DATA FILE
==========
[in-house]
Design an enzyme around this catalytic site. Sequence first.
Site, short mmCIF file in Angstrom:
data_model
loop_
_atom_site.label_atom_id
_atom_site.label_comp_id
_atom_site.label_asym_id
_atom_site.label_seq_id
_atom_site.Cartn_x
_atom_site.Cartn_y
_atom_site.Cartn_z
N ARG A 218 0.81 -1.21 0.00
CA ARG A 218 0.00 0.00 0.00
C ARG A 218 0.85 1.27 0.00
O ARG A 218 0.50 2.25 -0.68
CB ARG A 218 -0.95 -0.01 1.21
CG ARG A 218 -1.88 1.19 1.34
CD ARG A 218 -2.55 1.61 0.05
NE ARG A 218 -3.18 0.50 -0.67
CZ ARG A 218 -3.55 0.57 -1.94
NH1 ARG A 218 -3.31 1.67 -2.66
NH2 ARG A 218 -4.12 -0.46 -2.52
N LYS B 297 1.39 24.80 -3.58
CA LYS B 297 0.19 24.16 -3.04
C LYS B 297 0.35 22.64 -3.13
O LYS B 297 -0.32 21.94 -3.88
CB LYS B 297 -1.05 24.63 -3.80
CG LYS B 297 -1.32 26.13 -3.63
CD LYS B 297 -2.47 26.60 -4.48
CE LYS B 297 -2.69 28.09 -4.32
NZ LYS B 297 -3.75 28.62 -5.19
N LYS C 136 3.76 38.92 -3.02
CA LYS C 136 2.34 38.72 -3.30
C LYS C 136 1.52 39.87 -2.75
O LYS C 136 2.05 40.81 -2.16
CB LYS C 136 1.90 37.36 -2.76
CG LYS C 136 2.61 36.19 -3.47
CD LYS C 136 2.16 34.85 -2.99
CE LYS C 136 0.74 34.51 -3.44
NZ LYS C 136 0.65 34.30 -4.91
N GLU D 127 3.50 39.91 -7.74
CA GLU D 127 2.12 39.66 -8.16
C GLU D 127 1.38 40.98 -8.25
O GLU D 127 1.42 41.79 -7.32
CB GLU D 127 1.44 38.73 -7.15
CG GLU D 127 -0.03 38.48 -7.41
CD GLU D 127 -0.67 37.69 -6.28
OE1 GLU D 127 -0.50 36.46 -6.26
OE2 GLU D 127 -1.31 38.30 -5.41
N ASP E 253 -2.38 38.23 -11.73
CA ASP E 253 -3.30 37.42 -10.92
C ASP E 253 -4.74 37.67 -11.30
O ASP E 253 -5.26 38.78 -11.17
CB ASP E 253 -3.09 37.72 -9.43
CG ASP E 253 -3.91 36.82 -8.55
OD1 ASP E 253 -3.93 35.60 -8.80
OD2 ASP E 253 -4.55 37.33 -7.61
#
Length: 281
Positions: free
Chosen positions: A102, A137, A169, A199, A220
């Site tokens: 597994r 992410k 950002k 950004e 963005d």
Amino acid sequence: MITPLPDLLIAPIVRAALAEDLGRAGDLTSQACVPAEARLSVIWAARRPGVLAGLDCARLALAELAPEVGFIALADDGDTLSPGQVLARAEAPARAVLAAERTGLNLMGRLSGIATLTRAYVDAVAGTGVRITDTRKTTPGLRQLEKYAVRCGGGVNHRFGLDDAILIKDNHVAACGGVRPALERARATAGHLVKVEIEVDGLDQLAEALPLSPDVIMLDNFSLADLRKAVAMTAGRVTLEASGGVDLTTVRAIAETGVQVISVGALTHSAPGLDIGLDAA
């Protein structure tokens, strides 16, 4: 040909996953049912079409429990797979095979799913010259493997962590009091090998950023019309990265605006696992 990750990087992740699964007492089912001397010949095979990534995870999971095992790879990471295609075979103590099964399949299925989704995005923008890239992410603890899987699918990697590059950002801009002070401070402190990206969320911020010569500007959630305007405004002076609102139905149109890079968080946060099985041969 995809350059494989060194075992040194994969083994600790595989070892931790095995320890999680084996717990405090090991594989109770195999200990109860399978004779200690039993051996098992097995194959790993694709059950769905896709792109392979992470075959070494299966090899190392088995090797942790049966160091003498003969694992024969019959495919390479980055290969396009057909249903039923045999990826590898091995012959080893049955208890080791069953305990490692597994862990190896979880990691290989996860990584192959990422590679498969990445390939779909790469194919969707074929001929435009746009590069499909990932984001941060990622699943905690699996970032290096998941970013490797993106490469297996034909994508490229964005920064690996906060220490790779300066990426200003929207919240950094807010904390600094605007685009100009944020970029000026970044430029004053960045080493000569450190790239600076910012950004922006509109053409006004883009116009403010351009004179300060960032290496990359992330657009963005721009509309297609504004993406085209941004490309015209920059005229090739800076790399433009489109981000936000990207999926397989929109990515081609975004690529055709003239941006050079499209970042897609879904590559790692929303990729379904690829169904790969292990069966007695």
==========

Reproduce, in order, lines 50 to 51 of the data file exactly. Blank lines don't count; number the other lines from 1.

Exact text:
OE2 GLU D 127 -1.31 38.30 -5.41
N ASP E 253 -2.38 38.23 -11.73